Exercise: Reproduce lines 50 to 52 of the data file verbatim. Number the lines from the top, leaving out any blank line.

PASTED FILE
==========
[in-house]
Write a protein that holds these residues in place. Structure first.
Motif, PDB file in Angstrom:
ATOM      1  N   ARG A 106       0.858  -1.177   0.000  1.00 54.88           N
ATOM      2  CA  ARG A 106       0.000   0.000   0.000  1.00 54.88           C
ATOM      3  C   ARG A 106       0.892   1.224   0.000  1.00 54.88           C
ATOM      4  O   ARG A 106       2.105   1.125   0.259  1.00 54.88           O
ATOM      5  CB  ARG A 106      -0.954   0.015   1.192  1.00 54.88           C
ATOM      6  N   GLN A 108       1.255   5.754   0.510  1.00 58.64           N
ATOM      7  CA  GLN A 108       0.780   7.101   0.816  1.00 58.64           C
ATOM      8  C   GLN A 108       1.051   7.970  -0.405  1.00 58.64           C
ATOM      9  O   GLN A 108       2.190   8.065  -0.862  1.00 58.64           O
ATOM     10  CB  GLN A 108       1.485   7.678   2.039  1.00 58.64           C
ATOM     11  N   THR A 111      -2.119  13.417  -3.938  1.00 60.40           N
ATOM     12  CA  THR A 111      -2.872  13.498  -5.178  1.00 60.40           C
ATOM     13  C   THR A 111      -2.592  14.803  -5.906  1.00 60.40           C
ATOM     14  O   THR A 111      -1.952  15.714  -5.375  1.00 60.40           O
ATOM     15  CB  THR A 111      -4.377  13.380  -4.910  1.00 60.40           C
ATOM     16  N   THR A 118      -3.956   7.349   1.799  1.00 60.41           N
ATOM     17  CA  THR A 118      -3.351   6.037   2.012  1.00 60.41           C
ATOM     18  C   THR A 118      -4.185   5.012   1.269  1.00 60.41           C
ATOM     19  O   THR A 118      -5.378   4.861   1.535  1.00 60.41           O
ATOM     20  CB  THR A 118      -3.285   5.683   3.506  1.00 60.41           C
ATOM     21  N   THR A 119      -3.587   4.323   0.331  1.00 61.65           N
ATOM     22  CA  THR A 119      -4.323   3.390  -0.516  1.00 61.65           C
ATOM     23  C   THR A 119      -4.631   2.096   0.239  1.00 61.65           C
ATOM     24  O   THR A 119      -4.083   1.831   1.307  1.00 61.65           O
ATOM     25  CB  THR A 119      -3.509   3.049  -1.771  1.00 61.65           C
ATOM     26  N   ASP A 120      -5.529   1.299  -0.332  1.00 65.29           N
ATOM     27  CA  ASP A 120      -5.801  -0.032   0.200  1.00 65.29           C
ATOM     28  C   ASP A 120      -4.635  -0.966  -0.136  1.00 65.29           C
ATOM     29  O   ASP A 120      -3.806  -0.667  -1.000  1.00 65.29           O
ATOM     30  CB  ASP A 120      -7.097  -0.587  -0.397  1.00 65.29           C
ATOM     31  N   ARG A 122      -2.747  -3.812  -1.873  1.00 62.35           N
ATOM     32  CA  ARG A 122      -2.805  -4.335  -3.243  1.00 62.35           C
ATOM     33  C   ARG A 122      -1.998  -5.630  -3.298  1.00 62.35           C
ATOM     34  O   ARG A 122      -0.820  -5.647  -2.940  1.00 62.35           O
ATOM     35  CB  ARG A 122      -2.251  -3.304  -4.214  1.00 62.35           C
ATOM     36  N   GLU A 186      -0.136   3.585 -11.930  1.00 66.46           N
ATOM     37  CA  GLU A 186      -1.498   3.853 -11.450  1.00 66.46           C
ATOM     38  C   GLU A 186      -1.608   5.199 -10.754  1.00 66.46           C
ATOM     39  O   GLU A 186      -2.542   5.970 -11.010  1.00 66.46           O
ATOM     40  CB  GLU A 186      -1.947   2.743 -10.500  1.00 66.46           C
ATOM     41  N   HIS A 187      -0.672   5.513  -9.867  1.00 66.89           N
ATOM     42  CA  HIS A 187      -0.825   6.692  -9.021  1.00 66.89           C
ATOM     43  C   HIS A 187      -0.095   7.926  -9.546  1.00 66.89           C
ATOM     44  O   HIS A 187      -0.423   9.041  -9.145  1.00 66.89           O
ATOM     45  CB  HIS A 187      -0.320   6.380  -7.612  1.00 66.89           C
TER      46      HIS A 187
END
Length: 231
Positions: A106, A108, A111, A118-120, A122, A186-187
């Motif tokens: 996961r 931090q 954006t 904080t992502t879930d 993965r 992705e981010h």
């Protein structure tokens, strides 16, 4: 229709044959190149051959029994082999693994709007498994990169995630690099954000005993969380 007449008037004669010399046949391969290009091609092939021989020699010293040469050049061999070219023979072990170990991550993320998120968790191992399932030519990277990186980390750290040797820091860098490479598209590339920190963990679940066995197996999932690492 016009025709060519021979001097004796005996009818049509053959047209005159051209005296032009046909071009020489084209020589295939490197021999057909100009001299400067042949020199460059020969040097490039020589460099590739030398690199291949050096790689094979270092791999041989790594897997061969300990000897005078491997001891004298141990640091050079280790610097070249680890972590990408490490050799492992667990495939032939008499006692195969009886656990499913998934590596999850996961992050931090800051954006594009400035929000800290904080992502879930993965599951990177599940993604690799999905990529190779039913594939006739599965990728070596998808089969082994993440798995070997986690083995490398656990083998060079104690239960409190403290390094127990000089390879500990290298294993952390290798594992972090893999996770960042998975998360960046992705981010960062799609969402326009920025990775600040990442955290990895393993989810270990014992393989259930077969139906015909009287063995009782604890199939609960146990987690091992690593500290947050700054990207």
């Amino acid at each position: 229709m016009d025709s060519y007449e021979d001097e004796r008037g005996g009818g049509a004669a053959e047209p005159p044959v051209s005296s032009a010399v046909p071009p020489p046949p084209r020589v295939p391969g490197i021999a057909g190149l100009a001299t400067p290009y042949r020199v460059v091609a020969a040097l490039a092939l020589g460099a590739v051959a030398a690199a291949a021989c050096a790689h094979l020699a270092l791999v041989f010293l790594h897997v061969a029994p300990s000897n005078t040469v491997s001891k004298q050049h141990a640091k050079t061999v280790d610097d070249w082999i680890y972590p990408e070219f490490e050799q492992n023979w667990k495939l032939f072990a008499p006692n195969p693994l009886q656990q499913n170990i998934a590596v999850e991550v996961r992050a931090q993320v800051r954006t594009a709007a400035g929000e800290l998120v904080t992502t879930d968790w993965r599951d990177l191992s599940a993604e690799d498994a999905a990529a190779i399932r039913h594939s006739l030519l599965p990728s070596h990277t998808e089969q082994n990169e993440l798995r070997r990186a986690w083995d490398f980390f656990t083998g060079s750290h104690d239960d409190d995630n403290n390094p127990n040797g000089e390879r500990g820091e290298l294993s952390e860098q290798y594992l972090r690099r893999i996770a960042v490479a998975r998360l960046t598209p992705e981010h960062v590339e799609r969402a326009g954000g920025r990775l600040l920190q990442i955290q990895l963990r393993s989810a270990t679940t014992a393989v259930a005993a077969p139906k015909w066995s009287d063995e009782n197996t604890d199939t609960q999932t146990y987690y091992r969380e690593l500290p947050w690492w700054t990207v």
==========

END
Length: 231
Positions: A106, A108, A111, A118-120, A122, A186-187